Correctness of short cut fusion
1 Short cut fusion
Short cut fusion allows elimination of intermediate data structures using rewrite rules that can also be performed automatically during compilation.The two most popular instances are the
foldr :: (a -> b -> b) -> b -> [a] -> b foldr c n  = n foldr c n (x:xs) = c x (foldr c n xs) build :: (forall b. (a -> b -> b) -> b -> b) -> [a] build g = g (:) 
foldr c n (build g) <nowiki>→</nowiki> g c n
destroy :: (forall b. (b -> Maybe (a,b)) -> b -> c) -> [a] -> c destroy g = g listpsi listpsi :: [a] -> Maybe (a,[a]) listpsi  = Nothing listpsi (x:xs) = Just (x,xs) unfoldr :: (b -> Maybe (a,b)) -> b -> [a] unfoldr p e = case p e of Nothing ->  Just (x,e') -> x:unfoldr p e'
destroy g (unfoldr p e) <nowiki>→</nowiki> g p e
2 CorrectnessIf the
That is, the left- and right-hand sides should be semantically the same for each instance of either rule. Unfortunately, this is not so in Haskell.We can distinguish two situations, depending on whether
2.1 In the absence of seq
foldr c n (build g) = g c n
The two sides are semantically interchangeable.
To see this, consider the following instance:
g = \x y -> case x y of Just z -> 0 p = \x -> if x==0 then Just undefined else Nothing e = 0
destroy g (unfoldr p e) = g listpsi (unfoldr p e) = case listpsi (unfoldr p e) of Just z -> 0 = case listpsi (case p e of Nothing ->  Just (x,e') -> x:unfoldr p e') of Just z -> 0 = case listpsi (case Just undefined of Nothing ->  Just (x,e') -> x:unfoldr p e') of Just z -> 0 = undefined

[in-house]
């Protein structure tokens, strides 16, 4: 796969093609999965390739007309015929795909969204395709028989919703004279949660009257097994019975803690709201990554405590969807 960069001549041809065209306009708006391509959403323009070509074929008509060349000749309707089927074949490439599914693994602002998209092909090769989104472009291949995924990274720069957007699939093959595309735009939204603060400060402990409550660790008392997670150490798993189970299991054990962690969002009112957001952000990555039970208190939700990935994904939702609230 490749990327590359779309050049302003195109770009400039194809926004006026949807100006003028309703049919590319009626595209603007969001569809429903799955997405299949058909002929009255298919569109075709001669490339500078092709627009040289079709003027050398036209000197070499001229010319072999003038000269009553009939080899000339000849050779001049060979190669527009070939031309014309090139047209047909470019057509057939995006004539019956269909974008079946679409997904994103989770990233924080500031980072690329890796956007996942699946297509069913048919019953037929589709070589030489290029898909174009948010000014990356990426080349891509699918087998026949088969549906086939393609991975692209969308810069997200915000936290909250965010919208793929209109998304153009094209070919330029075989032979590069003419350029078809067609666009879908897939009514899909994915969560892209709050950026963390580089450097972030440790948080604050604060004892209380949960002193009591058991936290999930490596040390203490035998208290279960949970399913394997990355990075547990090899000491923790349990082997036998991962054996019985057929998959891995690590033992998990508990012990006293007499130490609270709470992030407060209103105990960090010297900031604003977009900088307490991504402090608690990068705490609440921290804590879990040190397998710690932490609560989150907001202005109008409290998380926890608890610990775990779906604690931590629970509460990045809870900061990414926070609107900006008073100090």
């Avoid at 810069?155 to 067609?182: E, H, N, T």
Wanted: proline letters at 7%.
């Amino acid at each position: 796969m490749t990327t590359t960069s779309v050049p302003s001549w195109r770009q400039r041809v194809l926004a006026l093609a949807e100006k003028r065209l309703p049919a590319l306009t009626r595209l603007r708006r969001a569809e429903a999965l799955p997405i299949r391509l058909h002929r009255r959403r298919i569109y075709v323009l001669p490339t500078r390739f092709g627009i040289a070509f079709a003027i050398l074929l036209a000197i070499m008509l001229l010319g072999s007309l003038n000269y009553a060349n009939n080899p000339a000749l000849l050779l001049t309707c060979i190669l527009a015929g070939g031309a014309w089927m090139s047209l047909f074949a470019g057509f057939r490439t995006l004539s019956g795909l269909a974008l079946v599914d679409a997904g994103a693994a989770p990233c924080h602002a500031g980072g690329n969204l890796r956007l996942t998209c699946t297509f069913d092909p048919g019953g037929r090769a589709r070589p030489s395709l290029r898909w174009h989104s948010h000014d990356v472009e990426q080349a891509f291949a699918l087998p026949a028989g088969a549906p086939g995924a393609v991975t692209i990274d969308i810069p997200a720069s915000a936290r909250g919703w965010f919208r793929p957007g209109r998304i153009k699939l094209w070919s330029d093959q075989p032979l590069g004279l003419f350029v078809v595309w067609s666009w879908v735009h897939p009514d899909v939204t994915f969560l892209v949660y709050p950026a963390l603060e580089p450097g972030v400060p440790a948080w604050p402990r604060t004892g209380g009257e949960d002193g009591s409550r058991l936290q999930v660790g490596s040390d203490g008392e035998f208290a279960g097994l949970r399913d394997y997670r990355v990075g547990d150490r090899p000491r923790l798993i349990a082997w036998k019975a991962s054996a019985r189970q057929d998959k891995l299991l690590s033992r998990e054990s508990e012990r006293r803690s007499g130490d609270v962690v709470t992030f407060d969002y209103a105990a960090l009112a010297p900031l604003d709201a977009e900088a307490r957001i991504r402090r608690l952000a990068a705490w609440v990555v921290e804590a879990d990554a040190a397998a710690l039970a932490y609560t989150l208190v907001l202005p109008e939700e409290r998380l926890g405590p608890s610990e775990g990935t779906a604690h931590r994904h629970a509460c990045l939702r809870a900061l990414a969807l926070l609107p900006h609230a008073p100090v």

while its right-hand side "evaluates" as follows:
g p e = case p e of Just z -> 0 = case Just undefined of Just z -> 0 = 0
The obvious questions now are:
- Can the converse also happen, that is, can a safely terminating program be transformed into a failing one?
- Can a safely terminating program be transformed into another safely terminating one that gives a different value as result?
There is no formal proof yet, but strong evidence supporting the conjecture that the answer to both questions is "No!".The conjecture goes that if
destroy g (unfoldr p e) <math>\sqsubseteq</math> g p e
What is known is that semantic equivalence can be recovered here by putting moderate restrictions on p.More precisely, if
destroy g (unfoldr p e) = g p e
2.2 In the presence of seq
This is the more interesting setting, given that in Haskell there is no way to restrict the use of
Unsurprisingly, it is also the setting in which more can go wrong than above.
In the presence of
g = seq c = undefined n = 0
The converse cannot happen, because the following always holds:
foldr c n (build g) <math>\sqsupseteq</math> g c n
Moreover, semantic equivalence can again be recovered by putting restrictions on the involved functions.More precisely, if
foldr c n (build g) = g c n